Oct. 11 (Bloomberg) -- Supermarkets aren’t Bernard Arnault’s bag.
While France’s richest man and the chairman of LVMH Moet Hennessy Louis Vuitton SA has seen Hermes International SCA surge in the year since he raided the Birkin bag maker’s stock, his investment in Carrefour SA has flopped.
Carrefour, the world’s second-largest retailer, has tumbled more than 60 percent since Arnault and Colony Capital LLC paid about 4 billion euros ($5.5 billion) for a 9.8 percent stake in 2007. Now Arnault, who built LVMH into the world’s largest luxury-goods maker via acquisitions, must wait to recoup his grocery investment or swallow his losses and run after five years over which the company’s sales stagnated in France.
Arnault and Colony “got the timing wrong” on Carrefour, said Justin Scarborough, an analyst at Royal Bank of Scotland Group Plc in London. “The markets they’re in have come under huge amounts of pressure since 2008 and lots of those pressures aren’t going to go away.”
Hermes shares, meantime, have surged 31 percent since Oct. 22, the day before LVMH disclosed a stake bought with equity swaps purchased in 2008. The gain has brought Hermes’s market value to 24.7 billion euros and added about 1 billion euros to LVMH’s 2010 profit as luxury demand surged among Asian consumers and investors speculated about a takeover, which Hermes’s family owners oppose.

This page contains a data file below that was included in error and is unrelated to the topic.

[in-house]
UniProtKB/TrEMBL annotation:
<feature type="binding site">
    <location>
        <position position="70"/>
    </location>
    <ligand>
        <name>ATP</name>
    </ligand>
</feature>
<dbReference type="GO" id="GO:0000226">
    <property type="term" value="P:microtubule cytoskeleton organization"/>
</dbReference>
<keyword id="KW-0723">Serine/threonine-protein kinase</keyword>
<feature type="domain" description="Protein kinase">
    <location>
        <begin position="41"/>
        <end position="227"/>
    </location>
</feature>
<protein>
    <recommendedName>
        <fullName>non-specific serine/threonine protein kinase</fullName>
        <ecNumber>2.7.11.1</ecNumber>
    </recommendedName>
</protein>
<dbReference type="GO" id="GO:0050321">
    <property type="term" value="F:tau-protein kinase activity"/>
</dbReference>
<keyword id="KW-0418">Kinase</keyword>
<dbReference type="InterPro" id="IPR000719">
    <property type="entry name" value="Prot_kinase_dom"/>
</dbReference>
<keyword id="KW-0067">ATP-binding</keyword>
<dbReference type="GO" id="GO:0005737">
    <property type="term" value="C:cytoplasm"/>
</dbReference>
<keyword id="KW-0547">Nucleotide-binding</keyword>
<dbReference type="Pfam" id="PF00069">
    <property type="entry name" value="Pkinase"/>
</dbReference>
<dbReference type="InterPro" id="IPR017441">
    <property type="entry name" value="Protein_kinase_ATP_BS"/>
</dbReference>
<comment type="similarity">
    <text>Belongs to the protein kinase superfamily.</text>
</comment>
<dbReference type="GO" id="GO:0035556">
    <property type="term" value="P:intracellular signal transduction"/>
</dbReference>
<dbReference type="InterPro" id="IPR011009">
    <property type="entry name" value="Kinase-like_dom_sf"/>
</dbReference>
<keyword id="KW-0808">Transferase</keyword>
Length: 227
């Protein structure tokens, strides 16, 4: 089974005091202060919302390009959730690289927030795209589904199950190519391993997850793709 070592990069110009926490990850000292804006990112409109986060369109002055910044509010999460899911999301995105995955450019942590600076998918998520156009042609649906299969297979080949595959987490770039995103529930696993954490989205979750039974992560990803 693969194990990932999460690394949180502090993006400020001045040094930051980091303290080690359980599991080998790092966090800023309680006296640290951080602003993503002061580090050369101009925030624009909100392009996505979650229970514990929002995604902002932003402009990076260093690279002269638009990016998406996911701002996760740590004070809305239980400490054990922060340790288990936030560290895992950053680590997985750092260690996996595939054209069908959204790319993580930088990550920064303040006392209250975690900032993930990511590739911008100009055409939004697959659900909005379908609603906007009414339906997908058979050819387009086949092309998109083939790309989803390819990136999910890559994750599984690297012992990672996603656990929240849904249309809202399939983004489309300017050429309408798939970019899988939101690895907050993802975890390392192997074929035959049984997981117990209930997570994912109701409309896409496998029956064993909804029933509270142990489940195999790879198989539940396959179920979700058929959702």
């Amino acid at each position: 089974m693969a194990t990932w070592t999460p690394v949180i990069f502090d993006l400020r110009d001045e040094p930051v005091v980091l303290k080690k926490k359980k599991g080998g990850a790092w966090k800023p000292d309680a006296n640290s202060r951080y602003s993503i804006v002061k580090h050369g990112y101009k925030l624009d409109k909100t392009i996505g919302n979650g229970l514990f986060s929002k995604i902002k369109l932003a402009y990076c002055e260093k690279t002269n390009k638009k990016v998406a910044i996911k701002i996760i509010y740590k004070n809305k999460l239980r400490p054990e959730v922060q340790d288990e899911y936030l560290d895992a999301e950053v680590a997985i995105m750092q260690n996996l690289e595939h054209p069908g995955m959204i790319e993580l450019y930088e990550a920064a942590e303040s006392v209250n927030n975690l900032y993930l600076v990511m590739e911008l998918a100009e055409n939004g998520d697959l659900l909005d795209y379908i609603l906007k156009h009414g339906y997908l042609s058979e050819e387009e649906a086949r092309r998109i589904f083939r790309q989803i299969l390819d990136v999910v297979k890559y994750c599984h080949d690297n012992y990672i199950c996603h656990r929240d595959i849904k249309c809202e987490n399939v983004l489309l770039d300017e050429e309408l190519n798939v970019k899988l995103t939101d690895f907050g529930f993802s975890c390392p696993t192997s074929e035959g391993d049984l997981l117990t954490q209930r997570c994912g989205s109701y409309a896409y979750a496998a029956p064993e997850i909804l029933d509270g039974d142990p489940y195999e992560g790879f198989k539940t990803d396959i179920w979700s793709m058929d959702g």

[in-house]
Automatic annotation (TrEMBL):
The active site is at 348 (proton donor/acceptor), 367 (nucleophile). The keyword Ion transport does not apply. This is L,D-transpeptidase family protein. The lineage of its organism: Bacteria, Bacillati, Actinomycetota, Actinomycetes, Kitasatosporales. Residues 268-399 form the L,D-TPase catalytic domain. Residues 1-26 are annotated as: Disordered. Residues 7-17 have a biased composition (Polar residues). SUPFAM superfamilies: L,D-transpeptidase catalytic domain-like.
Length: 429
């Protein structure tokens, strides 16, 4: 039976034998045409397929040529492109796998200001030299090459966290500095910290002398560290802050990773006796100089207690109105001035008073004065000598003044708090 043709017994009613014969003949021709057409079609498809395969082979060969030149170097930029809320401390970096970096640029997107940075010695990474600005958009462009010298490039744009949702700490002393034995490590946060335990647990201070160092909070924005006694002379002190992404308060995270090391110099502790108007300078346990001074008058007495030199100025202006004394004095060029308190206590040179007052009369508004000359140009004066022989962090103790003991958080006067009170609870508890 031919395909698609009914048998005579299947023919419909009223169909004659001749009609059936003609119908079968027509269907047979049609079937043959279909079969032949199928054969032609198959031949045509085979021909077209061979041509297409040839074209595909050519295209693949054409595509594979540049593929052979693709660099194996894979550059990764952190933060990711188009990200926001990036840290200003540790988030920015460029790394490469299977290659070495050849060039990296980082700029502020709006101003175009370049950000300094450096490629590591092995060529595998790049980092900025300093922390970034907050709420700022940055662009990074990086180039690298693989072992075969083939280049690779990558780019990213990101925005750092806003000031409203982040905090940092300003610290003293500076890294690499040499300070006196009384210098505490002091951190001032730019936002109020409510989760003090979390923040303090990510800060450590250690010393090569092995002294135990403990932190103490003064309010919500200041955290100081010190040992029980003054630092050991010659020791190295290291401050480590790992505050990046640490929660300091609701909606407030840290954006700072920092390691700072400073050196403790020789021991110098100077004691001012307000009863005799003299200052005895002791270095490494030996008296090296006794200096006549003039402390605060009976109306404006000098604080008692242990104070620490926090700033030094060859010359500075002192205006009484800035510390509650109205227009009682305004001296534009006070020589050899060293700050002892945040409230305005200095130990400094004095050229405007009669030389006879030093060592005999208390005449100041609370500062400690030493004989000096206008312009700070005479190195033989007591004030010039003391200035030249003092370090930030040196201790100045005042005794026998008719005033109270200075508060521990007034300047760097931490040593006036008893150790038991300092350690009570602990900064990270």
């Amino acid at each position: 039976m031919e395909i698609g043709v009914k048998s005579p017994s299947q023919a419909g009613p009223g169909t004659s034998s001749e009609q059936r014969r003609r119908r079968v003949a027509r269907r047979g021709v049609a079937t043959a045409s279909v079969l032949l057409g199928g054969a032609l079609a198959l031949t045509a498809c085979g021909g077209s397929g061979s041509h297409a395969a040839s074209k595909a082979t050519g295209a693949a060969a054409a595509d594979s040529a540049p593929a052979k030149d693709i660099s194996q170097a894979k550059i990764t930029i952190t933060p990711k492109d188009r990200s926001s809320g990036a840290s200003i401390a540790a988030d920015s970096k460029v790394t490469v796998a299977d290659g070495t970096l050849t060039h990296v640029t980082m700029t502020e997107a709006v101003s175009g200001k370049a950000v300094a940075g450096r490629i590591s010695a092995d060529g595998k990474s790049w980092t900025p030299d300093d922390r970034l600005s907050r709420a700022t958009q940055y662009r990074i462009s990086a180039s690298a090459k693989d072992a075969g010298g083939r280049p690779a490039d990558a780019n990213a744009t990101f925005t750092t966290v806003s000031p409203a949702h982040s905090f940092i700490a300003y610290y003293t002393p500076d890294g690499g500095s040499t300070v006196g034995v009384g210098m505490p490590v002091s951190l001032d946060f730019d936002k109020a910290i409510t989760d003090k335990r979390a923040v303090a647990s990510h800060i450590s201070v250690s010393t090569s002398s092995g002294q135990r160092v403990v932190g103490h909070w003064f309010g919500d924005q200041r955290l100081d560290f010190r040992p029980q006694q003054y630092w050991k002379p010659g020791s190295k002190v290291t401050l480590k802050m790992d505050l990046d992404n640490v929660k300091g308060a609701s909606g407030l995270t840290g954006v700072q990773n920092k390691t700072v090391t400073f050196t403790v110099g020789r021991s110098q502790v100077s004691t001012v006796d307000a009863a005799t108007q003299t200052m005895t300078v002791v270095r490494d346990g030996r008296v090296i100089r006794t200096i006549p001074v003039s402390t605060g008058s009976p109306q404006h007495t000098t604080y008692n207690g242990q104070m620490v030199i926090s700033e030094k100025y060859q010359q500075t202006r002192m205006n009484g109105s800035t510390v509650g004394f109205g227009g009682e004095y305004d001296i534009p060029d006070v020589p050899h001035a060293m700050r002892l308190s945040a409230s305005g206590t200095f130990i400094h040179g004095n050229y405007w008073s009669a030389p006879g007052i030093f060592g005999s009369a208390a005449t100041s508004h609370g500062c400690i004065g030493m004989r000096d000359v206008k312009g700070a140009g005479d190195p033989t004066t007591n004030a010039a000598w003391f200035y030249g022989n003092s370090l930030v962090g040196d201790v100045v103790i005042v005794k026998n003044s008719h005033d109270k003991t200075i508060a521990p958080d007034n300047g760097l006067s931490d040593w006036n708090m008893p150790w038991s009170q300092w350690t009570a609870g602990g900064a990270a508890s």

Arnault, 62, has said both investments are strategic and he’s not seeking control of the companies. He and Colony, which together now hold 13.83 percent of Carrefour and 20.12 percent of the voting rights, announced their investment on March 7, 2007. LVMH now holds 21.4 percent of Hermes.
While Hermes has a waiting list for some of its bags such as the Birkin, which retails from 5,500 euros, Carrefour is running “buy two, get one free” promotions on packets of Herta Tendre Noix Superieur ham for 2.65 euros each.
Carrefour “really needs to sharpen” its pricing and price perception to give consumers a good reason to make the trip to its out-of-town superstores, or hypermarkets, said Natalie Berg, an analyst at Planet Retail. “They have struggled on both fronts, in terms of being perceived to offer good value and offering the lowest prices.”
The retailer may report an 11 percent decline in third-quarter sales to 22.7 billion euros on Oct. 13, according to the average estimate of nine analysts surveyed by Bloomberg.